Once a CDW forms, the electron density loses uniformity as the ripples rise and fall. Detecting CDWs typically requires high-intensity x-rays, such as those provided by synchrotron light sources like Brookhaven's NSLS and, soon, NSLS-II. Even then, the waves are essentially frozen upon formation for the technique to work. If CDWs actually fluctuate rapidly, however, they may escape detection by x-ray diffraction, which typically requires a long exposure time that blurs fast motion.
To catch CDWs in action, Nuh Gedik and colleagues at MIT used an advanced ultrafast spectroscopy technique. Intense laser pulses cause excitations in the superconducting films, which are then probed by measuring the film reflectance with a second light pulse, called a pump-probe process. The second pulse is delayed by precise time intervals, and the measurement series allows the lifetime of the excitation to be determined.
MIT researchers' new method for observing the motion of electron density waves in a superconducting material led to the detection of two kinds of variations in those waves: amplitude (or intensity) changes and phase changes, shifting the relative positions of peaks and troughs of intensity. These new findings could make it easier to search for new kinds of higher-temperature superconductors. Courtesy of the researchers.
In a more sophisticated variant of the technique, largely pioneered by Gedik, the standard single pump beam is replaced by two beams hitting the surface from different sides simultaneously to generate a standing wave of controlled wavelength in the film. However, it disappears rapidly as the electrons relax back into their original state.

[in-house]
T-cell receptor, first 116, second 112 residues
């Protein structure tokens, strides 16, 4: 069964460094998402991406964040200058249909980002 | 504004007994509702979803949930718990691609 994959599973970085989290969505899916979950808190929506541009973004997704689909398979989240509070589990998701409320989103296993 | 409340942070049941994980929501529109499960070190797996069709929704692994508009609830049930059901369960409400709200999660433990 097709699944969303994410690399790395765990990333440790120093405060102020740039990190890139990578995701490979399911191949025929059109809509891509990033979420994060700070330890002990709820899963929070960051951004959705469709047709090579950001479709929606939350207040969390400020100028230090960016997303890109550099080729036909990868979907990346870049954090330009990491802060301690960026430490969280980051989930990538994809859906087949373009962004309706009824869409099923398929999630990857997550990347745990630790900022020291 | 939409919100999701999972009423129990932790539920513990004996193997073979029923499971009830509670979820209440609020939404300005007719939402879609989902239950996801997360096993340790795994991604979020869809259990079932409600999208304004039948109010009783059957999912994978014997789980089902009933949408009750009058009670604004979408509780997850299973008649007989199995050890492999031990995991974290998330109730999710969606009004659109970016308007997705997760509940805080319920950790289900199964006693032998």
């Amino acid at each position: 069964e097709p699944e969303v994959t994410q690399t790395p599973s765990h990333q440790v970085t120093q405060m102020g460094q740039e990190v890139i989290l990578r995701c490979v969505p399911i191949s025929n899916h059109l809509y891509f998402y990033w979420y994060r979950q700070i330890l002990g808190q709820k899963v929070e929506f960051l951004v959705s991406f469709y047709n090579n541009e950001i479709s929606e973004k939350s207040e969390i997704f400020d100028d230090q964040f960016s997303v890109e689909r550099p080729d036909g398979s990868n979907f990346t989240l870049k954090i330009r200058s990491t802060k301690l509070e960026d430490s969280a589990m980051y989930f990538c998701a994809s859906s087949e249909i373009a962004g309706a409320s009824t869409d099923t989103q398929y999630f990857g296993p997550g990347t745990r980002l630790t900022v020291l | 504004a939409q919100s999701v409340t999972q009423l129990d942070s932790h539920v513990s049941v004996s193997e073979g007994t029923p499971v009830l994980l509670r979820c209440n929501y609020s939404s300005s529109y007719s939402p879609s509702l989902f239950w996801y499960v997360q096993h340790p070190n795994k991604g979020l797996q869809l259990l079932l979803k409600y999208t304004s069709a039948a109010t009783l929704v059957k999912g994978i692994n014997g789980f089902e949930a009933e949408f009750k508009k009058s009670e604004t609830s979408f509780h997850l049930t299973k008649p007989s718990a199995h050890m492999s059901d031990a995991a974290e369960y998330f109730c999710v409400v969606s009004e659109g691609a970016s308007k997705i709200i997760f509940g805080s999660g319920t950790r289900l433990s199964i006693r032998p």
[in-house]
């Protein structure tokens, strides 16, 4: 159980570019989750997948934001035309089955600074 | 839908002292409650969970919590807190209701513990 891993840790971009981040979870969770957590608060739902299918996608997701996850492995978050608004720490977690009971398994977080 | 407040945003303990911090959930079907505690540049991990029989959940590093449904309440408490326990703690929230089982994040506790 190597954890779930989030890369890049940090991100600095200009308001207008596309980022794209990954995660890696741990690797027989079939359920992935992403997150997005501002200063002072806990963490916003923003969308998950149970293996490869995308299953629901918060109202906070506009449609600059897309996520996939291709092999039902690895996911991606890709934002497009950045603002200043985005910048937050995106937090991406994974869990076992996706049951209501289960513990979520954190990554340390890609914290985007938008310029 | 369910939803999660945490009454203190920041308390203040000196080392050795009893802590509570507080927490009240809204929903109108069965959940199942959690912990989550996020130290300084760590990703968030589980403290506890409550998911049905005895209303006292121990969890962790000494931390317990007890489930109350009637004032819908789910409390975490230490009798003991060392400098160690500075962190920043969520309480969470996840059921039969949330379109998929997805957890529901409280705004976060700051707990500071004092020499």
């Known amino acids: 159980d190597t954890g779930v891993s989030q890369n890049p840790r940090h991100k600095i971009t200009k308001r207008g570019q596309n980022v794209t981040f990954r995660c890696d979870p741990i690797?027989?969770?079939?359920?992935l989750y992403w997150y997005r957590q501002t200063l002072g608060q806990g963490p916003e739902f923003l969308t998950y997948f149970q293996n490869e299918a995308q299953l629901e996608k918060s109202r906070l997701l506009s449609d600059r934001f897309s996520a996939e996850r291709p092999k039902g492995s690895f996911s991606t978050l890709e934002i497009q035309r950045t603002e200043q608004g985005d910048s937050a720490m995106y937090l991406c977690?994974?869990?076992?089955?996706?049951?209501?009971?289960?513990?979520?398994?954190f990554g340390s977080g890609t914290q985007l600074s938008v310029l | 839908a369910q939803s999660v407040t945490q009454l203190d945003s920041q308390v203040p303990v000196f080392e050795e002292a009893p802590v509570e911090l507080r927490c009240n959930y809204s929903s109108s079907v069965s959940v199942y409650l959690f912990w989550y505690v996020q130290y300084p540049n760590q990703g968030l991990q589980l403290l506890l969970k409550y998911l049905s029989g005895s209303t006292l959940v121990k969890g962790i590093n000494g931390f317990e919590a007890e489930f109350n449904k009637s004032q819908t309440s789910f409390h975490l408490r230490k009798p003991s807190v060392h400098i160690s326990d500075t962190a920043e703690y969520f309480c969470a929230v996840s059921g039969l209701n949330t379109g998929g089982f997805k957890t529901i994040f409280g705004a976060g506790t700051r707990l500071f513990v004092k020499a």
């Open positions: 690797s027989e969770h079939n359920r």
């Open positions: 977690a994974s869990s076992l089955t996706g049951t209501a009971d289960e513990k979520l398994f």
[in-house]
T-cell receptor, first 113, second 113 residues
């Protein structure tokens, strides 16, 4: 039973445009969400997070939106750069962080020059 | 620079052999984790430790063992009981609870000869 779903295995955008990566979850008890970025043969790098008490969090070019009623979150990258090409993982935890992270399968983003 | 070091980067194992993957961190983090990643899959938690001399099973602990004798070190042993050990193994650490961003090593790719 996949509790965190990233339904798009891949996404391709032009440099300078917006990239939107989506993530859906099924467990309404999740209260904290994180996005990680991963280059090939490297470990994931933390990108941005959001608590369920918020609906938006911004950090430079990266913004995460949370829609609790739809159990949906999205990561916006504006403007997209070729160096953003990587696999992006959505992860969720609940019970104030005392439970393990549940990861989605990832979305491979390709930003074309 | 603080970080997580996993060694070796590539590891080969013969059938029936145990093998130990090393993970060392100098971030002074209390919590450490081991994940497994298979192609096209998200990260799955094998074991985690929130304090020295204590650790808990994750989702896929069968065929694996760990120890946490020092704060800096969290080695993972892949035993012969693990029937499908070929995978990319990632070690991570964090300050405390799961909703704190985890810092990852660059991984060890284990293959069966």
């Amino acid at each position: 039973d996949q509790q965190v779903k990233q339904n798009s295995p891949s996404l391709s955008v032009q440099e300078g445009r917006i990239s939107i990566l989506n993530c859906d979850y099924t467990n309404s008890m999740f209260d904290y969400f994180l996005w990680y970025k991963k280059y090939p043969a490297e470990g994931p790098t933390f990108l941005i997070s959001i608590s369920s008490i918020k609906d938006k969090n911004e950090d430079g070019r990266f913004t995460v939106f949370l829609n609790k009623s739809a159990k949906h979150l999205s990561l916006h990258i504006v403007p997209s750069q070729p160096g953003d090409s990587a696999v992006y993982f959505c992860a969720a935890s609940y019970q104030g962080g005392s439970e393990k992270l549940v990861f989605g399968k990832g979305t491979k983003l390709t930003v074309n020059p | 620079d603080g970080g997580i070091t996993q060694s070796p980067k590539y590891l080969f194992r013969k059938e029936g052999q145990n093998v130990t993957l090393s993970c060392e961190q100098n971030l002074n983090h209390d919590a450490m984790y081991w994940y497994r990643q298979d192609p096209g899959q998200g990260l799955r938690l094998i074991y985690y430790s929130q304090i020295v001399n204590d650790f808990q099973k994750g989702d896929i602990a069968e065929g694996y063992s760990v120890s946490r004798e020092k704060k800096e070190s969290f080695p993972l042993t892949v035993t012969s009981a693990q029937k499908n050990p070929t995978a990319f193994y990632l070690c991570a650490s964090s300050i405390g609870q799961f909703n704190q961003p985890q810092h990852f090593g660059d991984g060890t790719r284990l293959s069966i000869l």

This technique was applied to the atomically perfect LaSrCuO films synthesized at Brookhaven Lab. In films with a critical temperature of 26 K (the threshold beyond which the superconductivity breaks down), the researchers discovered two new short-lived excitations — both caused by fluctuating CDWs.
Gedik's technique even allowed the researchers to record the lifetime of CDW fluctuations — just 2 ps under the coldest conditions and becoming briefer as the temperatures rose. These waves then vanished entirely at about 100 K, surviving at much higher temperatures than superconductivity.
The same signatures were sought in cuprate films with slightly different chemical compositions and a greater density of mobile electrons. The results were both unexpected and significant for the future of HTS research.
"Interestingly, the superconducting sample with the highest critical temperature, about 39 K, showed no CDW signatures at all," Gedik said.
CDW’s consistent emergence would have bolstered the conjecture that the waves play an essential role in high-temperature superconductivity. Instead, the new technique's successful detection of such electron waves in one sample but not in another (with even higher critical temperature) indicates that another mechanism must be driving the emergence of HTS.
"Results like this bring us closer to understanding the mystery of HTS, considered by many to be one of the greatest problems in physics today," Bozovic said. "The source of this extraordinary phenomenon is slowly but surely running out of places to hide."
The study was published in Nature Materials